If all this is up your alley, you can get a hold of Tim Hardy at 530.642.0436. Otherwise, I'd recommend Trail Tough (877.789.8547), Spidertrax (800.286.0898), or CV Unlimited (800.868.0057) for some Suzuki axle upgrades.
Don't Be Anti-AMC
I want to swap a 283 into my '75 CJ-5 Jeep and I'd like to know if this is a good swap. My Jeep has an AMC 304 in it now but parts are hard to find for it. If this is a good swap, what will I need to make it work? I have a T-15 three-speed. I only have 33x12.50 TSL Super Swampers and open diffs. Mud and clay are what I will be mostly using the Seep for, and driving to work sometimes.
I'm sure you are considering swapping in the 283 since it is a GM engine and most GM V-8 parts are ultra common, but even so I'd keep the AMC 304. AMC parts are not all that rare, and the aftermarket has many options for upgrading this engine. Edelbrock (310.781.2222, www.edelbrock.com), for example, has heads, intakes, and complete fuel-injection systems. The time and money involved in swapping in the 283 will pale in comparison to a few solid AMC upgrades. Plus, you would also be going to a smaller engine and that is not what you want for the mud.
What is the safest distance you can drive on the street with your front hubs locked?
Fort Payne, Al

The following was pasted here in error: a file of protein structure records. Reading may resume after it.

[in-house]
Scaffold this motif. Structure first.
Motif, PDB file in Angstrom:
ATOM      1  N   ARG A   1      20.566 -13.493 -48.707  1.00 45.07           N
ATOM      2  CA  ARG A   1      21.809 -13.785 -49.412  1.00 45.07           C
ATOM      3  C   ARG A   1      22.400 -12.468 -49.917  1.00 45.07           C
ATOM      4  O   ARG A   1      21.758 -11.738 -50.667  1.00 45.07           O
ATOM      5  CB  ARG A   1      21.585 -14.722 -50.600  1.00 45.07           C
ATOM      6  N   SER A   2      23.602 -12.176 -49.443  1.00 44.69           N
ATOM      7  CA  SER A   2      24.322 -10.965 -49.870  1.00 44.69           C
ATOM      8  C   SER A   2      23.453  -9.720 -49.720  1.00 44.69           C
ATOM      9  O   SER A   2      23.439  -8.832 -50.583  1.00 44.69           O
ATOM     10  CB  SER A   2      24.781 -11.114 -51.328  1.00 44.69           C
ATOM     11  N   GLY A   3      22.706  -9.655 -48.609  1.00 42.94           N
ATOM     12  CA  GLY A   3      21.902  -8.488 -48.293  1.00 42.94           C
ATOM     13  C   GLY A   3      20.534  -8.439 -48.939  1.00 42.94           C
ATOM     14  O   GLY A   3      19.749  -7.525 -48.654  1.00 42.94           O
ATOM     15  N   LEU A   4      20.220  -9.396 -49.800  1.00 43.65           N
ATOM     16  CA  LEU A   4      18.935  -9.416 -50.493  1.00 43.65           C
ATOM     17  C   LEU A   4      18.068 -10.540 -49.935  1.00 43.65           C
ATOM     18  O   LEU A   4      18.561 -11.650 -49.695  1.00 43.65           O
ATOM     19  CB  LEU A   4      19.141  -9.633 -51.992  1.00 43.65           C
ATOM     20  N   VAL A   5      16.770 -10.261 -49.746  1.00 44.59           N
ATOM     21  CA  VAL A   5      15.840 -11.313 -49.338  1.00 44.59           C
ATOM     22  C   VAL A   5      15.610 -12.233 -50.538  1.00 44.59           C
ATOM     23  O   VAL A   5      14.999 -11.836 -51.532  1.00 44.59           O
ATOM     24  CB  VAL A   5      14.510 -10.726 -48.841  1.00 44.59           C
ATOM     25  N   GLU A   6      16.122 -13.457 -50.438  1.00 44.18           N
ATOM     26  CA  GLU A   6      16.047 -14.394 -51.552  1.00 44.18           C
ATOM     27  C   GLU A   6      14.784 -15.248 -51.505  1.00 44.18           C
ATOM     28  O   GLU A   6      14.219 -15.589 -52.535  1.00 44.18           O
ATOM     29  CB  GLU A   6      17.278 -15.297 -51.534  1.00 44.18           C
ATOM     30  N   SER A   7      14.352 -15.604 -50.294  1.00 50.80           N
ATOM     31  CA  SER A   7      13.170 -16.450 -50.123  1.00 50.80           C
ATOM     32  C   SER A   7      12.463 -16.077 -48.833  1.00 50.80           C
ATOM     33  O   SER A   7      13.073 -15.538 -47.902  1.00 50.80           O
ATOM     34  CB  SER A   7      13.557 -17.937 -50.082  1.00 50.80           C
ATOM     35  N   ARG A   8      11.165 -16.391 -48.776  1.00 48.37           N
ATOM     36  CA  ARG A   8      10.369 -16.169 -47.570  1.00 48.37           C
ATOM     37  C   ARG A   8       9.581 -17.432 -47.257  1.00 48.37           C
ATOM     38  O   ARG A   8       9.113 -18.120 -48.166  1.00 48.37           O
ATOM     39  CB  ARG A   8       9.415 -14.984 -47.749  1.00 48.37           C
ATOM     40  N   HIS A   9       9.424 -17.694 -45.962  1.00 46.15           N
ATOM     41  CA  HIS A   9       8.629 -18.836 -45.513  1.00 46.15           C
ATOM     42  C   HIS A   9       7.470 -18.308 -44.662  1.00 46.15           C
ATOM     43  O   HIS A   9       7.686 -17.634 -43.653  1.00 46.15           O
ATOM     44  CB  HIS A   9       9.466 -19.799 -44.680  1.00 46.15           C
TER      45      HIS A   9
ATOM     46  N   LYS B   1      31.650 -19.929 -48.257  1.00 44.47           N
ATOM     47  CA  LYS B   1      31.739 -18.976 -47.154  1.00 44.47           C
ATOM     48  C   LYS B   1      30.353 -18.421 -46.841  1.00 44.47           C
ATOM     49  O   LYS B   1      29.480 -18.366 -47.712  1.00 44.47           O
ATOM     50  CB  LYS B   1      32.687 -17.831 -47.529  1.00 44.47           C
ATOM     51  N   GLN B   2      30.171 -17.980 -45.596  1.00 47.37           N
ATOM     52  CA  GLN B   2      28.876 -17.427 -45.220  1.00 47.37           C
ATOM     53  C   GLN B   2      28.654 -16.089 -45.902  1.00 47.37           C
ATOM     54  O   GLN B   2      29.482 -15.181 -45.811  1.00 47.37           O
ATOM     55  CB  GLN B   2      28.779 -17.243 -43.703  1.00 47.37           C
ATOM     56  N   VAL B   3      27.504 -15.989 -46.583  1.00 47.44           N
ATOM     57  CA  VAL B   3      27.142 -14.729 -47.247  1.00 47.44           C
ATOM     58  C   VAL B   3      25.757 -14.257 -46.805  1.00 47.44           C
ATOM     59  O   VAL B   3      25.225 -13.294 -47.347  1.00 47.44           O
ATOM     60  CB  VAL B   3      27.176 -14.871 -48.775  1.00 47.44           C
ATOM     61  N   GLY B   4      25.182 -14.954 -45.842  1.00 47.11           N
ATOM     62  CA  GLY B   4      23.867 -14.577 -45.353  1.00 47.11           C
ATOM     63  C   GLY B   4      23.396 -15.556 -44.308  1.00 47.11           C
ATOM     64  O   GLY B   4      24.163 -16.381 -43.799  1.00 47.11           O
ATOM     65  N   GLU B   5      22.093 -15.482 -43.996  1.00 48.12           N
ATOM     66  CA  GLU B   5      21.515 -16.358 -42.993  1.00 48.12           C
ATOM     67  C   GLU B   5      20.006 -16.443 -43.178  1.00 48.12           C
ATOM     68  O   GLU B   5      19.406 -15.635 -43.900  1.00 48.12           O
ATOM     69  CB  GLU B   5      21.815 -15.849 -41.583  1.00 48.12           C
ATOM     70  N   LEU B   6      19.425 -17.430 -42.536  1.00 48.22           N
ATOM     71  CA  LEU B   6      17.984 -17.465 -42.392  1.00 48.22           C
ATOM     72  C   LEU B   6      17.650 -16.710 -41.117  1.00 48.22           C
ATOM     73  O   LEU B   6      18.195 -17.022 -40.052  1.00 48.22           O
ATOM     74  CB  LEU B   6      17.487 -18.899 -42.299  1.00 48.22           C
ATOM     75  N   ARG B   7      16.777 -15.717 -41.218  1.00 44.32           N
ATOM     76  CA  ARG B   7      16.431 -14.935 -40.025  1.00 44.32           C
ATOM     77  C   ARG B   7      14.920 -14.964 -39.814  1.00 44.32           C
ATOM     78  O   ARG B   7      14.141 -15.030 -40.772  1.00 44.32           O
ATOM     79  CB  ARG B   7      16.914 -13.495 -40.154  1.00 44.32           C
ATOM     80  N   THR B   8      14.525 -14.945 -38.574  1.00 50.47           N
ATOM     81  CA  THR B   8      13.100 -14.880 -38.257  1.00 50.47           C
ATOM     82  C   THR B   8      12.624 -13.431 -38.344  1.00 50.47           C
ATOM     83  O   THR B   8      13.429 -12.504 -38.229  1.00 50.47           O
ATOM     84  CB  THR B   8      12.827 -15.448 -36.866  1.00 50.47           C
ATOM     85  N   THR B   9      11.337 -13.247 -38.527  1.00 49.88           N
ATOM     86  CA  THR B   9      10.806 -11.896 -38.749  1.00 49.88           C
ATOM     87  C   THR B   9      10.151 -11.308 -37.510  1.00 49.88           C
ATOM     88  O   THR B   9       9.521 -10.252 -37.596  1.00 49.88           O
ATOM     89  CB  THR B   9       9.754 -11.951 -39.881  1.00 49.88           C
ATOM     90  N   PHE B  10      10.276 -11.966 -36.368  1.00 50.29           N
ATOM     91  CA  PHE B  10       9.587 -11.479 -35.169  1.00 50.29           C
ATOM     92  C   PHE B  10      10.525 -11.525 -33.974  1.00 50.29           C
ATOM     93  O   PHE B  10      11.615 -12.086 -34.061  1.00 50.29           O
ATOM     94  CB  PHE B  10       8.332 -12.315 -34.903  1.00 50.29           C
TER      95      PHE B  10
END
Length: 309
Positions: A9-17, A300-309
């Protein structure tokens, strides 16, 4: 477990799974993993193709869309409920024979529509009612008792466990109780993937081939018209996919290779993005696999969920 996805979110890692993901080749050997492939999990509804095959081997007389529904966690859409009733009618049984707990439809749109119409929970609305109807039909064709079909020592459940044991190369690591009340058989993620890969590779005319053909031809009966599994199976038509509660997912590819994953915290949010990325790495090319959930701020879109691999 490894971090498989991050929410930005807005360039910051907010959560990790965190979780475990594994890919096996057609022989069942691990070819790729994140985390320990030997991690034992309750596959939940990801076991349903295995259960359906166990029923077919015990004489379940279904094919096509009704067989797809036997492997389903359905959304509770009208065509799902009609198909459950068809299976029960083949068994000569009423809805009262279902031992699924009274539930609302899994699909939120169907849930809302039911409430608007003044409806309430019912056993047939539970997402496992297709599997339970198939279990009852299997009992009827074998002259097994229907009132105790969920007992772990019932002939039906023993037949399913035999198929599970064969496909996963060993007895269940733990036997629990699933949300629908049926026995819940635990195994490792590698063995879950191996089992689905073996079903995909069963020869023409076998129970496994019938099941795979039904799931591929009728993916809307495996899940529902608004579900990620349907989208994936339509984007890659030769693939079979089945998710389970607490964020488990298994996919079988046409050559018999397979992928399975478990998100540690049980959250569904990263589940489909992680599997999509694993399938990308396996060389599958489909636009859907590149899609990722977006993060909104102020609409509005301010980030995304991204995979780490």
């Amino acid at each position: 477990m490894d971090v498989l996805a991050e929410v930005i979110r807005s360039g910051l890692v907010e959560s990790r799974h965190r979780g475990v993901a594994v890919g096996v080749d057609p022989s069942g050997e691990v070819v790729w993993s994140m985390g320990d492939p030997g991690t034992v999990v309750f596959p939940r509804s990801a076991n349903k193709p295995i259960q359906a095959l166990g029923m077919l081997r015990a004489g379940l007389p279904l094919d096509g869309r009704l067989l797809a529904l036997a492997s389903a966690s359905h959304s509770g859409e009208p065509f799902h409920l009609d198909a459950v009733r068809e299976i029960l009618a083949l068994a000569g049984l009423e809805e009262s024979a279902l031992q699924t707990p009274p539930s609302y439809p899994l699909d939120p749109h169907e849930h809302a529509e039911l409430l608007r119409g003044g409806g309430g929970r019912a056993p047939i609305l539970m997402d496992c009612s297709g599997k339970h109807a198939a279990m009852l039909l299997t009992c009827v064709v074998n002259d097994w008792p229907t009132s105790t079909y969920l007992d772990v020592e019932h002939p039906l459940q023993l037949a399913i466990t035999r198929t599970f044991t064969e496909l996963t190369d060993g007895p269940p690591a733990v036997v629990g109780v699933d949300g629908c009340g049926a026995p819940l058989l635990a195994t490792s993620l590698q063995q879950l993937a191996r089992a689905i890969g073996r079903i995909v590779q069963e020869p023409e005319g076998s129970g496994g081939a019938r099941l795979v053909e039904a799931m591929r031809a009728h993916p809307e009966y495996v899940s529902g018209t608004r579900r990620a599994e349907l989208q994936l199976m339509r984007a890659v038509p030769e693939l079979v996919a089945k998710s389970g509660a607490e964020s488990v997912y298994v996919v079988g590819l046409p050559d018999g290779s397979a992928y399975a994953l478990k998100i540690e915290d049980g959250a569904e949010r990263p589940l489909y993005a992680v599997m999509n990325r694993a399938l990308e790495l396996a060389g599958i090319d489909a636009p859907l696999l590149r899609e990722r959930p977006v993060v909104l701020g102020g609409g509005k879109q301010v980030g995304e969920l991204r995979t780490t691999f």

Locking hubs were designed to help fuel economy, reduce wear and tear, and resist front driveline vibrations, but driving on the street with your front hubs locked while in two-wheel drive is not necessarily bad. When you lock the selectable hubs it attaches your wheel, tire, and hub assembly to the axleshaft. This in turn causes everything within the axle and your front driveshaft to rotate, but it is being turned from the tires, not the transfer case or engine. If your front driveshaft has no balance or angle problems, then you shouldn't notice any vibrations, and other than a slightly increased wear on your steering and driveshaft U-joints, carrier and pinion bearings, and the seals on your axle and the front output of your transfer case, you should be fine to drive down the highway with your hubs locked. However, having to turn all those parts will also reduce the fuel economy of your 4x4. If it were up to me I would get out and unlock the hubs.